Article Data

  • Views 538
  • Dowloads 117

Original Research

Open Access

Clinical and ultrasound features of benign, borderline, and malignant invasive mucinous ovarian tumors

  • A. Pascual1
  • S. Guerriero2
  • N. Rams3
  • L. Juez4
  • S. Ajossa2
  • B. Graupera1
  • L. Hereter1
  • A. Cappai2
  • M. Pero3
  • M. Perniciano2
  • T. Errasti4
  • J. Parra3
  • M. Solis4
  • J.L. Alcázar4,*,

1Department of Obstetrics, Gynecology and Reproduction, Hospital Quirón Dexeus, University Autonoma of Barcelona, Barcelona, Spain

2Department of Obstetrics and Gynecology, Policlinico Universitario Duilio Casula, University of Cagliari, Monserrato, Cagliari, Italy

3Department of Obstetrics and Gynaecology, Santa Creu i Sant Pau Hospital, University Autonoma of Barcelona, Barcelona, Spain

4Department of Obstetrics and Gynecology, Clinica Universidad de Navarra, University of Navarra, Pamplona, Spain

DOI: 10.12892/ejgo3560.2017 Vol.38,Issue 3,June 2017 pp.382-386

Published: 10 June 2017

*Corresponding Author(s): J.L. Alcázar E-mail:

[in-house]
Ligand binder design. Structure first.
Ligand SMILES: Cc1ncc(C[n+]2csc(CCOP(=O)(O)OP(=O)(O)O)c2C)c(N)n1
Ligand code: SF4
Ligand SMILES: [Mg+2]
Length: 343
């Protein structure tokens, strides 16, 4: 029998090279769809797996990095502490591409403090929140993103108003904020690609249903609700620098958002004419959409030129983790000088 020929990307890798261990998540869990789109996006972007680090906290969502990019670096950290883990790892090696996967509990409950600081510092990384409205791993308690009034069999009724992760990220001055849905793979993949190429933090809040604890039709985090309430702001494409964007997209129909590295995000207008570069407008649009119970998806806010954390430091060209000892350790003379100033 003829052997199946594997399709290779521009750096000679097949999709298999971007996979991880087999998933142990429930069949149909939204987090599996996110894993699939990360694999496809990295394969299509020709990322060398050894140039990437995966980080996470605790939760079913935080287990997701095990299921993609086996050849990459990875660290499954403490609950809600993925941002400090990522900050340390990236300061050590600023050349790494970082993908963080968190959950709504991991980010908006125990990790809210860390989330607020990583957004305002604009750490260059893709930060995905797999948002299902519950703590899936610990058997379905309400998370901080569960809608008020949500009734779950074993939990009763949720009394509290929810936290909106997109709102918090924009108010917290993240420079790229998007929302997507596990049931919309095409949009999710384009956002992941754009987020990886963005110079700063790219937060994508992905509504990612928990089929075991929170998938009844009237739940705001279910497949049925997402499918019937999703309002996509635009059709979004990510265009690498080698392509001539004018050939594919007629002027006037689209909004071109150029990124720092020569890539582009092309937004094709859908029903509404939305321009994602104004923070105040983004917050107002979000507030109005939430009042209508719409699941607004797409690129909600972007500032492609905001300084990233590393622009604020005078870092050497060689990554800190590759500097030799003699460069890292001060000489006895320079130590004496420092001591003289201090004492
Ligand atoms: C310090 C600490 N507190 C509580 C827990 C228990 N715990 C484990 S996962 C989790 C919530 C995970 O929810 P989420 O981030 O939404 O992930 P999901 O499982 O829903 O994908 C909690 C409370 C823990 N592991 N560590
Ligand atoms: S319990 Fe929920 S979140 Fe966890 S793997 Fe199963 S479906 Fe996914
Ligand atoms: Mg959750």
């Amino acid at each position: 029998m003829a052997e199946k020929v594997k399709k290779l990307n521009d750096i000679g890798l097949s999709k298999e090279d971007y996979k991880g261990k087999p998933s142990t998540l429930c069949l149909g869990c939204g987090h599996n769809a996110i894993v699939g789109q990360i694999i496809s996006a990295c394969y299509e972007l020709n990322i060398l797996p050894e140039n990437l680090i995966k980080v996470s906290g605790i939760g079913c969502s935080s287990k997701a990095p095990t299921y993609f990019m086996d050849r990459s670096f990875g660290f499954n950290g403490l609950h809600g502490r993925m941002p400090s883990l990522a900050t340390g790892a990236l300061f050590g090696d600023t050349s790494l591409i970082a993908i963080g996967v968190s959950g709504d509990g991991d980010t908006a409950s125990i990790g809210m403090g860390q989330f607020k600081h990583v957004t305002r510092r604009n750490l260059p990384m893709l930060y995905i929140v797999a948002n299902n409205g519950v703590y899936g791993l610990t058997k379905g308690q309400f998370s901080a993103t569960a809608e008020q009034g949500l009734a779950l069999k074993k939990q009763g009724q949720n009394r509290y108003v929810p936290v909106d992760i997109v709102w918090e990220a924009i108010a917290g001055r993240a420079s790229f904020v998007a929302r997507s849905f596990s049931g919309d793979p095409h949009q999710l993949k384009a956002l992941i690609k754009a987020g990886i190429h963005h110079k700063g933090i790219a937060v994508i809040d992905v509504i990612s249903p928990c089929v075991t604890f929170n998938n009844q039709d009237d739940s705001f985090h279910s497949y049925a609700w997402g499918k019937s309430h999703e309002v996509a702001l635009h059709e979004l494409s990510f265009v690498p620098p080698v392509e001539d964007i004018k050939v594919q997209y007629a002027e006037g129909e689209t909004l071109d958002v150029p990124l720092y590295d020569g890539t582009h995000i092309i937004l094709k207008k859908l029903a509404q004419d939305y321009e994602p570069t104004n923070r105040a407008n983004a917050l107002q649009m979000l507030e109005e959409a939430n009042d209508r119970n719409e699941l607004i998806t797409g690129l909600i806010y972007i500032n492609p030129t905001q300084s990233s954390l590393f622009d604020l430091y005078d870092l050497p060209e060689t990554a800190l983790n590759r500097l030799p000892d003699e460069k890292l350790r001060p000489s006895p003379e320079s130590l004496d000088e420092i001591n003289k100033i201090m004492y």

Objective: To compare clinical and sonographic features of benign, borderline, and malignant invasive mucinous ovarian tumors (MOTs). Materials and Methods: Retrospective observational multicenter study comprising 365 women (mean age: 46.1 years) with a histologically confirmed benign, borderline or malignant invasive MOT. Clinical data (patient's age, patient's complaints), tumor markers (CA-125 and CA-19.9), and sonographic data (tumor size, bilaterality, morphology –unilocular, multilocular, unilocular-solid, multilocular-solid and solid-, and IOTA color score) were reviewed and compared among these three groups. Women with ultrasound evidence on intra-abdominal disease spread were excluded. Results: Three hundred seventy-eight MOTs (14 women had bilateral lesions) were analyzed. Histologically, 287 tumors were benign, 51 were borderline, and 40 were malignant. No difference in patient's mean age was observed. Women with borderline or invasive tumors were less frequently asymptomatic. Tumors were larger in case of invasive lesions. Borderline and invasive tumors showed solid components and exhibited IOTA color score 3 or 4, more frequently than benign lesions (p < 0.001). However, the authors discovered that 16 out of 51 (31.4%) of borderline tumors and six out of 40 (15.0%) of invasive cancers had no solid components and a color score 1 or 2, and were considered as a benign lesion by the sonologist. On the other hand, 96 out of 287 (33.4%) benign mucinous cystadenoma exhibited solid components and/or a color score of 3 or 4. Conclusions: In spite of statistical differences, the authors observed significant overlapping in ultrasound features among benign, borderline, and invasive ovarian mucinous tumors that renders a difficult accurate preoperative discrimination among these lesions.